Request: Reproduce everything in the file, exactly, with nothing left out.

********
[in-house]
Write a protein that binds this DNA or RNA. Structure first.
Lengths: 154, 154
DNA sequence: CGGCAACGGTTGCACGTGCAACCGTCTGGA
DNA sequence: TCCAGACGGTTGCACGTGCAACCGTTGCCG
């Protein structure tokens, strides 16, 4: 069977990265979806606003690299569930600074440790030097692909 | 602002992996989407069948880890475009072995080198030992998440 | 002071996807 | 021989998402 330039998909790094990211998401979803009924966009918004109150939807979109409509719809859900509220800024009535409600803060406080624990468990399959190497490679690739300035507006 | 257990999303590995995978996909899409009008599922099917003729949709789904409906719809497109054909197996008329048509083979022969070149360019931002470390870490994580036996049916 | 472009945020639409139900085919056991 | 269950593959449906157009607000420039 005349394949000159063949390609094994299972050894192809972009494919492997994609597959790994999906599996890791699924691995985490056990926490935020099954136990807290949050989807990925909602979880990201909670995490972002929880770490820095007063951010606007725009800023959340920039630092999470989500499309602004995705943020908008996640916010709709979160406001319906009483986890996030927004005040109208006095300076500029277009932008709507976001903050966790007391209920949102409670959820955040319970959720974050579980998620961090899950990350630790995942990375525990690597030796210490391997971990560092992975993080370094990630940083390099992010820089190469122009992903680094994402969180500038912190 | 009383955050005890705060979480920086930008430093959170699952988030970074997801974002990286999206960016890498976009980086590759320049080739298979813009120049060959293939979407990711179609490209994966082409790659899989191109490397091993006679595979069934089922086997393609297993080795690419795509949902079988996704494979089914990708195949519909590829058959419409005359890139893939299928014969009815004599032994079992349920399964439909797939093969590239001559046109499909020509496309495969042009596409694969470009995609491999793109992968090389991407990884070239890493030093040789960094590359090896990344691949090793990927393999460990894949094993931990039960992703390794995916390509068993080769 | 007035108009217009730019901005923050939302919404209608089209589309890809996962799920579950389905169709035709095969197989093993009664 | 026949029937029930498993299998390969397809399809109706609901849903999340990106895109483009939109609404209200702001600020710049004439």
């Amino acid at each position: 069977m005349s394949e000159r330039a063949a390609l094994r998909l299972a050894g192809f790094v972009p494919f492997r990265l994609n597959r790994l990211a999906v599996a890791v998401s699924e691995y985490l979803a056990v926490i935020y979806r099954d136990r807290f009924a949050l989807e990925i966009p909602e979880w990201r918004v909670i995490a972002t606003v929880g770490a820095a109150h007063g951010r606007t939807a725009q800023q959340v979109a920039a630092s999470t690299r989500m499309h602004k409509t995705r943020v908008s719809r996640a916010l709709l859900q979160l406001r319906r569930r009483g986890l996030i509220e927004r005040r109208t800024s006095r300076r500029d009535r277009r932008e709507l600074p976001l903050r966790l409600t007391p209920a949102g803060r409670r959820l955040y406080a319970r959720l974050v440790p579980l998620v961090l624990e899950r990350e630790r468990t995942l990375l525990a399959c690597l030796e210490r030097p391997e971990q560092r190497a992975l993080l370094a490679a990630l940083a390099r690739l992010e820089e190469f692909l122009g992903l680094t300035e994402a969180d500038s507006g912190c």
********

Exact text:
[in-house]
Write a protein that binds this DNA or RNA. Structure first.
Lengths: 154, 154
DNA sequence: CGGCAACGGTTGCACGTGCAACCGTCTGGA
DNA sequence: TCCAGACGGTTGCACGTGCAACCGTTGCCG
């Protein structure tokens, strides 16, 4: 069977990265979806606003690299569930600074440790030097692909 | 602002992996989407069948880890475009072995080198030992998440 | 002071996807 | 021989998402 330039998909790094990211998401979803009924966009918004109150939807979109409509719809859900509220800024009535409600803060406080624990468990399959190497490679690739300035507006 | 257990999303590995995978996909899409009008599922099917003729949709789904409906719809497109054909197996008329048509083979022969070149360019931002470390870490994580036996049916 | 472009945020639409139900085919056991 | 269950593959449906157009607000420039 005349394949000159063949390609094994299972050894192809972009494919492997994609597959790994999906599996890791699924691995985490056990926490935020099954136990807290949050989807990925909602979880990201909670995490972002929880770490820095007063951010606007725009800023959340920039630092999470989500499309602004995705943020908008996640916010709709979160406001319906009483986890996030927004005040109208006095300076500029277009932008709507976001903050966790007391209920949102409670959820955040319970959720974050579980998620961090899950990350630790995942990375525990690597030796210490391997971990560092992975993080370094990630940083390099992010820089190469122009992903680094994402969180500038912190 | 009383955050005890705060979480920086930008430093959170699952988030970074997801974002990286999206960016890498976009980086590759320049080739298979813009120049060959293939979407990711179609490209994966082409790659899989191109490397091993006679595979069934089922086997393609297993080795690419795509949902079988996704494979089914990708195949519909590829058959419409005359890139893939299928014969009815004599032994079992349920399964439909797939093969590239001559046109499909020509496309495969042009596409694969470009995609491999793109992968090389991407990884070239890493030093040789960094590359090896990344691949090793990927393999460990894949094993931990039960992703390794995916390509068993080769 | 007035108009217009730019901005923050939302919404209608089209589309890809996962799920579950389905169709035709095969197989093993009664 | 026949029937029930498993299998390969397809399809109706609901849903999340990106895109483009939109609404209200702001600020710049004439």
């Amino acid at each position: 069977m005349s394949e000159r330039a063949a390609l094994r998909l299972a050894g192809f790094v972009p494919f492997r990265l994609n597959r790994l990211a999906v599996a890791v998401s699924e691995y985490l979803a056990v926490i935020y979806r099954d136990r807290f009924a949050l989807e990925i966009p909602e979880w990201r918004v909670i995490a972002t606003v929880g770490a820095a109150h007063g951010r606007t939807a725009q800023q959340v979109a920039a630092s999470t690299r989500m499309h602004k409509t995705r943020v908008s719809r996640a916010l709709l859900q979160l406001r319906r569930r009483g986890l996030i509220e927004r005040r109208t800024s006095r300076r500029d009535r277009r932008e709507l600074p976001l903050r966790l409600t007391p209920a949102g803060r409670r959820l955040y406080a319970r959720l974050v440790p579980l998620v961090l624990e899950r990350e630790r468990t995942l990375l525990a399959c690597l030796e210490r030097p391997e971990q560092r190497a992975l993080l370094a490679a990630l940083a390099r690739l992010e820089e190469f692909l122009g992903l680094t300035e994402a969180d500038s507006g912190c």